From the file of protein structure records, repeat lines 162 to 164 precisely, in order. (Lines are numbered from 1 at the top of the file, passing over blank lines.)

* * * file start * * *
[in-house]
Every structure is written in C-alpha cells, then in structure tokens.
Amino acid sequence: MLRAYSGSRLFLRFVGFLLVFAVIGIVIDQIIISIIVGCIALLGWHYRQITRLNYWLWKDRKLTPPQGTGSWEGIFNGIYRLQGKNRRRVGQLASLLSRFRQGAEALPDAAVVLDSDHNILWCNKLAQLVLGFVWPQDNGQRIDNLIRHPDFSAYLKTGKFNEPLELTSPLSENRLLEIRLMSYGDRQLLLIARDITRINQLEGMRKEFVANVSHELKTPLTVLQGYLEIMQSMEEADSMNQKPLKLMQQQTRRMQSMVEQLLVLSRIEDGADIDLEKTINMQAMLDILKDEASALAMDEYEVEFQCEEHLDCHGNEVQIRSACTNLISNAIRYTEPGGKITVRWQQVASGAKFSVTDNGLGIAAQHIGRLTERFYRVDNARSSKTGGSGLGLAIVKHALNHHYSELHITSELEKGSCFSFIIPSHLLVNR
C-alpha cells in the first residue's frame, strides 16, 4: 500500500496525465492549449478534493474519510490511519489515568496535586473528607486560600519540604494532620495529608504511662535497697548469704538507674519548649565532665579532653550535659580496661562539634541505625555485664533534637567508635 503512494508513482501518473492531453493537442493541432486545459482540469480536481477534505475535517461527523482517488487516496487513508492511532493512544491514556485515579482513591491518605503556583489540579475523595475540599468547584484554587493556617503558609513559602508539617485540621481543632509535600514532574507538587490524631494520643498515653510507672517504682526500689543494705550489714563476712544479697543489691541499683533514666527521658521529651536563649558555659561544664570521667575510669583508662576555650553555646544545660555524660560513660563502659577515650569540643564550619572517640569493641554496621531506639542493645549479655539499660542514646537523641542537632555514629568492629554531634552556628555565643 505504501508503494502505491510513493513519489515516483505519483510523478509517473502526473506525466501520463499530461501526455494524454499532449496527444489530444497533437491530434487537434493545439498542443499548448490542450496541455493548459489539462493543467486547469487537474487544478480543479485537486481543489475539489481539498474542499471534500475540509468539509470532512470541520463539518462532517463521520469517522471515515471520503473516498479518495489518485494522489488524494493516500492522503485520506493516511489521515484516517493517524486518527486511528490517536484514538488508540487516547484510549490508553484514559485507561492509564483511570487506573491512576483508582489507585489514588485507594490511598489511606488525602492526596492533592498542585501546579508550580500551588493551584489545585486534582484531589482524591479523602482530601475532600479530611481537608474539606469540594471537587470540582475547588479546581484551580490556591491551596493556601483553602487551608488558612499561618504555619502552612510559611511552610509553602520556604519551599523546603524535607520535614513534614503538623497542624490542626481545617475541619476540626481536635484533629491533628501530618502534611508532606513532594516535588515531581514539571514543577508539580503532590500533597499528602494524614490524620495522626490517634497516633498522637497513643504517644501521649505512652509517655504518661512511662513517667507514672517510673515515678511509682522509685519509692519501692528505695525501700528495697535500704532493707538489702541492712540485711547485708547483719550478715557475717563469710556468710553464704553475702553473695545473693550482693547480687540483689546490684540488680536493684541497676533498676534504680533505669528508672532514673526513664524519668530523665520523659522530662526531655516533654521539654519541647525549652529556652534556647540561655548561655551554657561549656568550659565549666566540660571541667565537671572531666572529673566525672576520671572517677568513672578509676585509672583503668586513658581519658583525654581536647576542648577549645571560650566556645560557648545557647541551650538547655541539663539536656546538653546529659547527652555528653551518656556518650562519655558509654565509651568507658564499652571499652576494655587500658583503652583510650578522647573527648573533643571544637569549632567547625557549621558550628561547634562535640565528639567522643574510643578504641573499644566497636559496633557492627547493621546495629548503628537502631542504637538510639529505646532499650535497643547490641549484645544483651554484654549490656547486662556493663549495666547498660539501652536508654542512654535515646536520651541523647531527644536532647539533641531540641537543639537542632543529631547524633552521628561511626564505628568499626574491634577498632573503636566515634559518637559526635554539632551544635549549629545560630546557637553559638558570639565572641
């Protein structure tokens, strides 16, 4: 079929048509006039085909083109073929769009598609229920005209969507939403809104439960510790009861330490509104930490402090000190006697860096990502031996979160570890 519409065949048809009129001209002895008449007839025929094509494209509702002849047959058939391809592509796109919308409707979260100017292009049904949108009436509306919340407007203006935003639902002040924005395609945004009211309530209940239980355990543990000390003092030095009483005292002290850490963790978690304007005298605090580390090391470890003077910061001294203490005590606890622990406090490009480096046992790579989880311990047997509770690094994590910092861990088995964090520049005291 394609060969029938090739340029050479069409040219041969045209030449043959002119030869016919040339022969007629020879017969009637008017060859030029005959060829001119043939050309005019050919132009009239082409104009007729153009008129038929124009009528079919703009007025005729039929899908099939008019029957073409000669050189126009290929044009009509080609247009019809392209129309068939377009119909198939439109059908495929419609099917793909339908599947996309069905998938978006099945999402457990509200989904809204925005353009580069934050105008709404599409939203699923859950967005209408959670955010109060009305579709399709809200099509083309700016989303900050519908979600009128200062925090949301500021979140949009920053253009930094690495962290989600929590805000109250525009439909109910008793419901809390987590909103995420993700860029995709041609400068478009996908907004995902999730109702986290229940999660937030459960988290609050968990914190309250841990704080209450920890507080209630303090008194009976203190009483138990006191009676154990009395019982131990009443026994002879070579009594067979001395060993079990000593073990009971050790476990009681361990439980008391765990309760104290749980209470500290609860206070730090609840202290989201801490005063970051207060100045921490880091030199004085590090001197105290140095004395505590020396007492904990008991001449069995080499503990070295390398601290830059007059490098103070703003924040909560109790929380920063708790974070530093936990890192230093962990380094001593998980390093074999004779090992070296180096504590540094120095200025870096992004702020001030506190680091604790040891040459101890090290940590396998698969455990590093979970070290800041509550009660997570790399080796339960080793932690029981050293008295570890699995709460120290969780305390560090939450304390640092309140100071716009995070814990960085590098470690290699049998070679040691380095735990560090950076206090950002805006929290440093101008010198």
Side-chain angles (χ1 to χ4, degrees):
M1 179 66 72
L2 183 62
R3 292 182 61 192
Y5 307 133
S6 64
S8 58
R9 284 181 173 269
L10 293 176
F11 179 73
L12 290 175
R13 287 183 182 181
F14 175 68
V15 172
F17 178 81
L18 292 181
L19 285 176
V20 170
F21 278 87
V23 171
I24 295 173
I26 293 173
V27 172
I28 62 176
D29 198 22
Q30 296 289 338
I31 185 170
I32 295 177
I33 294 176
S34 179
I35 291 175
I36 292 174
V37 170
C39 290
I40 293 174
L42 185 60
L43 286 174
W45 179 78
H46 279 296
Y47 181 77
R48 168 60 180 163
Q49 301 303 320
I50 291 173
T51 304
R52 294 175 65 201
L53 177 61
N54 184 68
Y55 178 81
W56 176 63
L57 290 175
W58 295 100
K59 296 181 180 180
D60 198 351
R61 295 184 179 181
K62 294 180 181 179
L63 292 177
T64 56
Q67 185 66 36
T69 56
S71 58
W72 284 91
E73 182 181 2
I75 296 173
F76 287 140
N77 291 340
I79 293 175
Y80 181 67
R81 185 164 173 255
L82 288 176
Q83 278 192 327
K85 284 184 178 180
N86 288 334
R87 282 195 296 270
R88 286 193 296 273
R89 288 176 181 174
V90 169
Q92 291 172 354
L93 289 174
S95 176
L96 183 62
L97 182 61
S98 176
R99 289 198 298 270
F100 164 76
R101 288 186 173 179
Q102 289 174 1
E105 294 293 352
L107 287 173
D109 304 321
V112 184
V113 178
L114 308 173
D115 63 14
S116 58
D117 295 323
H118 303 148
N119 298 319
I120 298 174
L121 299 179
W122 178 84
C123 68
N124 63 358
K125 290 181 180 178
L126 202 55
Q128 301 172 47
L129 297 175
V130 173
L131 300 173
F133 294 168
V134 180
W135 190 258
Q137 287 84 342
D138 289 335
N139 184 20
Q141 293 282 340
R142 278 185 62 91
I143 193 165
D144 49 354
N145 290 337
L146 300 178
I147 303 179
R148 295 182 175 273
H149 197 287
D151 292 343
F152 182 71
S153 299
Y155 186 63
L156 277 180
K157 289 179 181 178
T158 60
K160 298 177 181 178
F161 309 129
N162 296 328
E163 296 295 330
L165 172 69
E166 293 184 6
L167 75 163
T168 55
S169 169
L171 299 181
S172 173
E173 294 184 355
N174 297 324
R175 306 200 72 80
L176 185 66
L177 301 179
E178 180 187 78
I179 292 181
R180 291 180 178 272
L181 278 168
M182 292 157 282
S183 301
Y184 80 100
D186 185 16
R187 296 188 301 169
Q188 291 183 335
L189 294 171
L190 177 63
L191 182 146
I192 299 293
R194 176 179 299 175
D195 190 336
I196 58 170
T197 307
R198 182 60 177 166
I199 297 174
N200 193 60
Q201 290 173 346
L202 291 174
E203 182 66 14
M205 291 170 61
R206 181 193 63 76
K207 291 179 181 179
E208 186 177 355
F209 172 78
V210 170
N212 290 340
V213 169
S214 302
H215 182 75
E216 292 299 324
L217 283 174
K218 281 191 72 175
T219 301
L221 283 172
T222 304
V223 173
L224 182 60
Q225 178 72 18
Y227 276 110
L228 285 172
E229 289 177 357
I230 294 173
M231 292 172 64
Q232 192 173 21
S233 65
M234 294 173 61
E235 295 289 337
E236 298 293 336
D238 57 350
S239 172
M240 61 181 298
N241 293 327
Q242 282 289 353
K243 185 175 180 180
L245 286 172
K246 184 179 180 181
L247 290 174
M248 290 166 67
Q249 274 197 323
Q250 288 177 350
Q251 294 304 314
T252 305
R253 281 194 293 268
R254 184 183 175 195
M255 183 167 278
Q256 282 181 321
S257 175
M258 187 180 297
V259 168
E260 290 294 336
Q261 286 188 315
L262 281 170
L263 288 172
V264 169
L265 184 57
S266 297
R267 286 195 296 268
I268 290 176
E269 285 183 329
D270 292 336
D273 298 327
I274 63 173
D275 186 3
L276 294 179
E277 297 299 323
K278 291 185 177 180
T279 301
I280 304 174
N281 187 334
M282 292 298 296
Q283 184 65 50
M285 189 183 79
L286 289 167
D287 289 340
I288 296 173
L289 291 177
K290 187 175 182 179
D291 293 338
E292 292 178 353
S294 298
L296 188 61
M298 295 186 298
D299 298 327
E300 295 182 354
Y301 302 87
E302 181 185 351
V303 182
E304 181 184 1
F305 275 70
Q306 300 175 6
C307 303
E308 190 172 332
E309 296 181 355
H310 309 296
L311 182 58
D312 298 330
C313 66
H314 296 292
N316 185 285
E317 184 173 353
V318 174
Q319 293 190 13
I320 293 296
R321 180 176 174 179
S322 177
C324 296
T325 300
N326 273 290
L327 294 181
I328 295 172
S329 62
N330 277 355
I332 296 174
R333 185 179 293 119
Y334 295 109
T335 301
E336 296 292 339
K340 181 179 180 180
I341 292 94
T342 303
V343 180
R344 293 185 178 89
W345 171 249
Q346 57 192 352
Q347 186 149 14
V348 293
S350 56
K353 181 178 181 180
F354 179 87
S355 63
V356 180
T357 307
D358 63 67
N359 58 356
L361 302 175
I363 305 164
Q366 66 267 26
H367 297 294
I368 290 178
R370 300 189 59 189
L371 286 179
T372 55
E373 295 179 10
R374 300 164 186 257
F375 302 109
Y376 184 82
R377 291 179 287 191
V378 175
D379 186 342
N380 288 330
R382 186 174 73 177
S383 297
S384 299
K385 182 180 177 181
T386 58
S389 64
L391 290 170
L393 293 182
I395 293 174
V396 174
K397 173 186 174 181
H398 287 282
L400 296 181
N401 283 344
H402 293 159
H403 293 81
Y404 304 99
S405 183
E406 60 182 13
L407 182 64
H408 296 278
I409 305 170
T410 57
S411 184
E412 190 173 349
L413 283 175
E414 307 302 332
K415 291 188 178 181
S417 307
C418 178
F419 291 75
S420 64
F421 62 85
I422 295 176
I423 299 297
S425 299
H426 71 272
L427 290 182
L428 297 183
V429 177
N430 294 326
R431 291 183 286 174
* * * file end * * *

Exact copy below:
L189 294 171
L190 177 63
L191 182 146